Mimecast: SolarWinds hackers used Sunburst malware for initial intrusion

Email security company Mimecast has confirmed today that the state-sponsored SolarWinds hackers who breached its network earlier this year used the Sunburst backdoor during the initial intrusion.

Sunburst is the malware distributed by the SolarWinds hackers to roughly 18,000 customers SolarWinds customers using the compromised auto-update mechanism of the SolarWinds Orion IT monitoring platform.

Incomplete source code downloaded during attack

“Using this entry point, the threat actor accessed certain Mimecast-issued certificates and related customer server connection information,” Mimecast explained in an incident report published earlier today.

“The threat actor also accessed a subset of email addresses and other contact information, as well as encrypted and/or hashed and salted credentials.

“In addition, the threat actor accessed and downloaded a limited number of our source code repositories, but we found no evidence of any modifications to our source code nor do we believe there was any impact on our products.”

The company believes that the source code exfiltrated by the attackers is incomplete and insufficient to develop a working version of the Mimecast service.

“We do not believe that the threat actor made any modifications to our source code,” the company added. “Forensic analysis of all customer-deployed Mimecast software has confirmed that the build process of the Mimecast-distributed executables was not tampered with.”

The SolarWinds hackers targeted only a small, single-digit number of customers’ Microsoft 365 tenants after stealing a Microsoft-issued certificate used for securing Microsoft 365 cloud synchronization server tasks, as the company initially disclosed in January.

Even though Mimecast did not disclose the exact number of customers who used the stolen certificate, the company said that roughly 10 percent of their customers “use this connection.”

Mimecast’s products are being used by over 36,000 customers, with 10% of them amounting to approximately 3,600 potentially affected customers.

Our investigation revealed suspicious activity within a segment of our production grid environment containing a small number of Windows servers. The lateral movement from the initial access point to these servers is consistent with the mechanism described by Microsoft and other organizations that have documented the attack pattern of this threat actor. We determined that the threat actor leveraged our Windows environment to query, and potentially extract, certain encrypted service account credentials created by customers hosted in the United States and the United Kingdom. These credentials establish connections from Mimecast tenants to on-premise and cloud services, which include LDAP, Azure Active Directory, Exchange Web Services, POP3 journaling, and SMTP-authenticated delivery routes. We have no evidence that the threat actor accessed email or archive content held by us on behalf of our customers. – Mimecast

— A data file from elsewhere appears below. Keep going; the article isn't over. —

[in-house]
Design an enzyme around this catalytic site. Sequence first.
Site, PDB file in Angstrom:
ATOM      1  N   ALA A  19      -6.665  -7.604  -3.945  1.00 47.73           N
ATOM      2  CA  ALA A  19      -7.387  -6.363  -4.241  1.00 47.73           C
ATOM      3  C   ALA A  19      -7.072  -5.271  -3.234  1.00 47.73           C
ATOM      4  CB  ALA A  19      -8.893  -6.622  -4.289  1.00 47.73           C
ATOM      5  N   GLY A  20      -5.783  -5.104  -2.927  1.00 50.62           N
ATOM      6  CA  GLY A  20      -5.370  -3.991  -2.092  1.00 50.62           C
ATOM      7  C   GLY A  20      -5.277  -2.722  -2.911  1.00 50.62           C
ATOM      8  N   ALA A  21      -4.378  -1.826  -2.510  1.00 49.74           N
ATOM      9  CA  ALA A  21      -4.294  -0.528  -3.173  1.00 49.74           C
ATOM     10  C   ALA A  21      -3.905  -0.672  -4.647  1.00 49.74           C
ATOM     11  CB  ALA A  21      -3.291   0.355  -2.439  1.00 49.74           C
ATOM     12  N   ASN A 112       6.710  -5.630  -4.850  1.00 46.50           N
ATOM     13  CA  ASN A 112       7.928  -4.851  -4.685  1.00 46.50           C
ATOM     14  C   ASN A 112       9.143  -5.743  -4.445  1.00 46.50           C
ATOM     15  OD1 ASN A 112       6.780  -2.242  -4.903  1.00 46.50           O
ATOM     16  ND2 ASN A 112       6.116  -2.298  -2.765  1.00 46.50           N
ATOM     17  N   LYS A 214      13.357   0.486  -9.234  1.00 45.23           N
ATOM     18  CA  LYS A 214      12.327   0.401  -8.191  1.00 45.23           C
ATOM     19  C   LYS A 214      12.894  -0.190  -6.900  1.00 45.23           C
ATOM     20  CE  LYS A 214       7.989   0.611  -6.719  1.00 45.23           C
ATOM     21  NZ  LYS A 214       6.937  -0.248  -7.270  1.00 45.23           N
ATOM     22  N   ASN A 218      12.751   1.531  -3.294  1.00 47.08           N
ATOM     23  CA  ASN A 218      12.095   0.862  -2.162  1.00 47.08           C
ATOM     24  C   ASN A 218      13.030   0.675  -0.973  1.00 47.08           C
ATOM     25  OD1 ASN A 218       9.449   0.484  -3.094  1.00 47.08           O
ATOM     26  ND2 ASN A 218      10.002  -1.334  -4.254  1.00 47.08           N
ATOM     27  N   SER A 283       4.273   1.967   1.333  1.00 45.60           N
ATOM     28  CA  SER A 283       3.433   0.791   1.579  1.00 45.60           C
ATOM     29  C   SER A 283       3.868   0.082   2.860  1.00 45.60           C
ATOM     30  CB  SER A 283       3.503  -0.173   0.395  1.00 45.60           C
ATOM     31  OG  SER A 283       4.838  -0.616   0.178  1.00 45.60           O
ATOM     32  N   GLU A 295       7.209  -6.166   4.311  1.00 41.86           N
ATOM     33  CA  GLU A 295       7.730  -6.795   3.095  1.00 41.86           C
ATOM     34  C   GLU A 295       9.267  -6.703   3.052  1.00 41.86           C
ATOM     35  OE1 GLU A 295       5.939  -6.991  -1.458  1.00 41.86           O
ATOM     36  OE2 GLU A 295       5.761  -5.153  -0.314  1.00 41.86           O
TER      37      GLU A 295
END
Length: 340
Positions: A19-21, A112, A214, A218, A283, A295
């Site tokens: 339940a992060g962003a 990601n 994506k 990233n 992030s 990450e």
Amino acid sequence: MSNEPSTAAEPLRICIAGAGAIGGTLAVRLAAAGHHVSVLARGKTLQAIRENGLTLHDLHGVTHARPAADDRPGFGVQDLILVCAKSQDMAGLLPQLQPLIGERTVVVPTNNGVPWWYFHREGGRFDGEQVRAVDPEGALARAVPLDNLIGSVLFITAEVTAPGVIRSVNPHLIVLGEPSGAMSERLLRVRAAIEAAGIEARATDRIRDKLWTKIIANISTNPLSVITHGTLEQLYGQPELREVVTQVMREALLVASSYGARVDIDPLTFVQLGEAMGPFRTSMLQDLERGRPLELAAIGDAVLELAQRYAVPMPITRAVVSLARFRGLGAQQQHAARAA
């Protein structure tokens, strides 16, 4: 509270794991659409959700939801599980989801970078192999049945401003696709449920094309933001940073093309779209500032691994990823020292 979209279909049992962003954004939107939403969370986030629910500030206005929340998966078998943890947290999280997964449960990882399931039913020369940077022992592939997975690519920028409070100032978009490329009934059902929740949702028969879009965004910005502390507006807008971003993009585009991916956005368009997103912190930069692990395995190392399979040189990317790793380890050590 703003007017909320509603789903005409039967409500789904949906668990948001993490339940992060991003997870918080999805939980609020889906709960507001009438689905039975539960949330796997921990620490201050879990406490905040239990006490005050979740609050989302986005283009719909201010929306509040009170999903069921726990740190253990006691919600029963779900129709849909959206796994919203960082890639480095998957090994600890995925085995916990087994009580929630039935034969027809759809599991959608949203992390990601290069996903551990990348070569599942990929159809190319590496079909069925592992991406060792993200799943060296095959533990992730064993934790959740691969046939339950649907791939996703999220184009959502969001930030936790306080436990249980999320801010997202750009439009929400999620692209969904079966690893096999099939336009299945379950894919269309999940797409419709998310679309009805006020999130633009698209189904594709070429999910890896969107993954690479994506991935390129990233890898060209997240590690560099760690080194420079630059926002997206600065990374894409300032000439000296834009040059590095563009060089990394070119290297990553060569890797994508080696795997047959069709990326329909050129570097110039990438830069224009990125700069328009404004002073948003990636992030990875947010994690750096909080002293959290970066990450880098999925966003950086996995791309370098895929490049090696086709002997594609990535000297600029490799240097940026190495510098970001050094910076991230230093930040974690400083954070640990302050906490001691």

During the investigation, Mimecast discovered additional access methods established by the SolarWinds hackers to maintain access to compromised Windows systems on the company’s production grid environment.

After completing the incident investigation with Mandiant forensics experts, Mimecast says that it successfully cut off the threat actors’ access to its environment.

No evidence was found of email or archive content being accessed by the hackers during the attack.

Remediation actions

Mimecast reset all “affected hashed and salted credentials” after also recommending customers hosted in the US and the UK to reset any server connection credentials they use on the Mimecast platform.

The email security firm is working on a new OAuth-based authentication mechanism to connect Mimecast and Microsoft service platforms to further secure Mimecast Server Connections.

Mimecast also took several additional remediation measures after the security breach:

  • Rotated all impacted certificates and encryption keys.
  • Upgraded encryption algorithm strength for all stored credentials.
  • Implemented enhanced monitoring of all stored certificates and encryption keys.
  • Deployed additional host security monitoring functionality across all of our infrastructure.
  • Decommissioned SolarWinds Orion and replaced it with an alternative NetFlow monitoring system.
  • Rotated all Mimecast employee, system, and administrative credentials, and expanded hardware-based two-factor authentication for employee access to production systems.
  • Completely replaced all compromised servers.
  • Inspected and verified our build and automation systems to confirm that Mimecast-distributed executables were not tampered with.
  • Implemented additional static and security analysis across the source code tree.

The SolarWinds hackers

The threat actor behind the SolarWinds supply-chain attacks is tracked as UNC2452 (FireEye), StellarParticle (CrowdStrike), SolarStorm (Palo Alto Unit 42), Dark Halo (Volexity), and Nobelium (Microsoft).

While its identity remains unknown, a joint statement issued by the FBI, CISA, ODNI, and the NSA says that it is likely a Russian-backed Advanced Persistent Threat (APT) group.

Around the time Mimecast disclosed their breach, cybersecurity firm Malwarebytes also confirmed that the SolarWinds hackers could access some internal company emails.

Microsoft also said in February that the SolarWinds hackers downloaded source code for a limited number of Azure, Intune, and Exchange components.

Two weeks ago, SolarWinds revealed expenses of roughly $3.5 million through December 2020 from last year’s supply-chain attack. However, high additional costs are expected throughout the following financial periods.